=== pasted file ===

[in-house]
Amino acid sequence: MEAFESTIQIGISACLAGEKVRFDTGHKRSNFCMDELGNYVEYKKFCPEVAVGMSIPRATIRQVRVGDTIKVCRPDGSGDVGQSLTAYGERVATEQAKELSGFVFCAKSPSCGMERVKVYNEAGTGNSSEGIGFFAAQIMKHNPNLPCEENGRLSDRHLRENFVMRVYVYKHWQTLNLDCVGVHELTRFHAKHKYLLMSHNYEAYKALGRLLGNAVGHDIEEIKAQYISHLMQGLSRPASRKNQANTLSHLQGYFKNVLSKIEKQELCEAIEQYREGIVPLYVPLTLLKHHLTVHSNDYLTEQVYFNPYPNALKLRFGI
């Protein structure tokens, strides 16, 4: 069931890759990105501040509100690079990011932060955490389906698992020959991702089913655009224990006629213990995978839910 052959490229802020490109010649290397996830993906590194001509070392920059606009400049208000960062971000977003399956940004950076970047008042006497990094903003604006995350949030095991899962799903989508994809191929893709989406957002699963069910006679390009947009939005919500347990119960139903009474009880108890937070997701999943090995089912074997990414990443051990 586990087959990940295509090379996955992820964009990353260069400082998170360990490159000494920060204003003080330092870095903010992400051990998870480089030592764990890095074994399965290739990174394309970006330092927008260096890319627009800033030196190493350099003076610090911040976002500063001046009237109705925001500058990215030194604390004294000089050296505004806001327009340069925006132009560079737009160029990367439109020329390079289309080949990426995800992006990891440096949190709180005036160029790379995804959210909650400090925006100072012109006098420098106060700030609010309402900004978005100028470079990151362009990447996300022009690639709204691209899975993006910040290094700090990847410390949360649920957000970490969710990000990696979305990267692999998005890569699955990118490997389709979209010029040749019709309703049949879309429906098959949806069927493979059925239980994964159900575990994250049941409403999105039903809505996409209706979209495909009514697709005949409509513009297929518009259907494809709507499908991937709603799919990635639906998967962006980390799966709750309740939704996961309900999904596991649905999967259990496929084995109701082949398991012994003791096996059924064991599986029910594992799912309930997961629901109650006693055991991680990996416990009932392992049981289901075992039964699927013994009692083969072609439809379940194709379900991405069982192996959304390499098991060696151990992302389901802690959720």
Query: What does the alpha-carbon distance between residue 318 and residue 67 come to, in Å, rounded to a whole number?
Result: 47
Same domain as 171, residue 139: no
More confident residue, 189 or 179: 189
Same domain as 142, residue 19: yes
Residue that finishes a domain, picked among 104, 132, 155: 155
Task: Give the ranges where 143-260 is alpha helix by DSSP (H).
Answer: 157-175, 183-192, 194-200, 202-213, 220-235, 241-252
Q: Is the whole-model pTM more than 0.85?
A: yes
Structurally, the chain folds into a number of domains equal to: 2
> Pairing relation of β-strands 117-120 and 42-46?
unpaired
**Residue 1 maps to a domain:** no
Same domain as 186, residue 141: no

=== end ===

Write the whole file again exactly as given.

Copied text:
[in-house]
Amino acid sequence: MEAFESTIQIGISACLAGEKVRFDTGHKRSNFCMDELGNYVEYKKFCPEVAVGMSIPRATIRQVRVGDTIKVCRPDGSGDVGQSLTAYGERVATEQAKELSGFVFCAKSPSCGMERVKVYNEAGTGNSSEGIGFFAAQIMKHNPNLPCEENGRLSDRHLRENFVMRVYVYKHWQTLNLDCVGVHELTRFHAKHKYLLMSHNYEAYKALGRLLGNAVGHDIEEIKAQYISHLMQGLSRPASRKNQANTLSHLQGYFKNVLSKIEKQELCEAIEQYREGIVPLYVPLTLLKHHLTVHSNDYLTEQVYFNPYPNALKLRFGI
């Protein structure tokens, strides 16, 4: 069931890759990105501040509100690079990011932060955490389906698992020959991702089913655009224990006629213990995978839910 052959490229802020490109010649290397996830993906590194001509070392920059606009400049208000960062971000977003399956940004950076970047008042006497990094903003604006995350949030095991899962799903989508994809191929893709989406957002699963069910006679390009947009939005919500347990119960139903009474009880108890937070997701999943090995089912074997990414990443051990 586990087959990940295509090379996955992820964009990353260069400082998170360990490159000494920060204003003080330092870095903010992400051990998870480089030592764990890095074994399965290739990174394309970006330092927008260096890319627009800033030196190493350099003076610090911040976002500063001046009237109705925001500058990215030194604390004294000089050296505004806001327009340069925006132009560079737009160029990367439109020329390079289309080949990426995800992006990891440096949190709180005036160029790379995804959210909650400090925006100072012109006098420098106060700030609010309402900004978005100028470079990151362009990447996300022009690639709204691209899975993006910040290094700090990847410390949360649920957000970490969710990000990696979305990267692999998005890569699955990118490997389709979209010029040749019709309703049949879309429906098959949806069927493979059925239980994964159900575990994250049941409403999105039903809505996409209706979209495909009514697709005949409509513009297929518009259907494809709507499908991937709603799919990635639906998967962006980390799966709750309740939704996961309900999904596991649905999967259990496929084995109701082949398991012994003791096996059924064991599986029910594992799912309930997961629901109650006693055991991680990996416990009932392992049981289901075992039964699927013994009692083969072609439809379940194709379900991405069982192996959304390499098991060696151990992302389901802690959720």
Query: What does the alpha-carbon distance between residue 318 and residue 67 come to, in Å, rounded to a whole number?
Result: 47
Same domain as 171, residue 139: no
More confident residue, 189 or 179: 189
Same domain as 142, residue 19: yes
Residue that finishes a domain, picked among 104, 132, 155: 155
Task: Give the ranges where 143-260 is alpha helix by DSSP (H).
Answer: 157-175, 183-192, 194-200, 202-213, 220-235, 241-252
Q: Is the whole-model pTM more than 0.85?
A: yes
Structurally, the chain folds into a number of domains equal to: 2
> Pairing relation of β-strands 117-120 and 42-46?
unpaired
**Residue 1 maps to a domain:** no
Same domain as 186, residue 141: no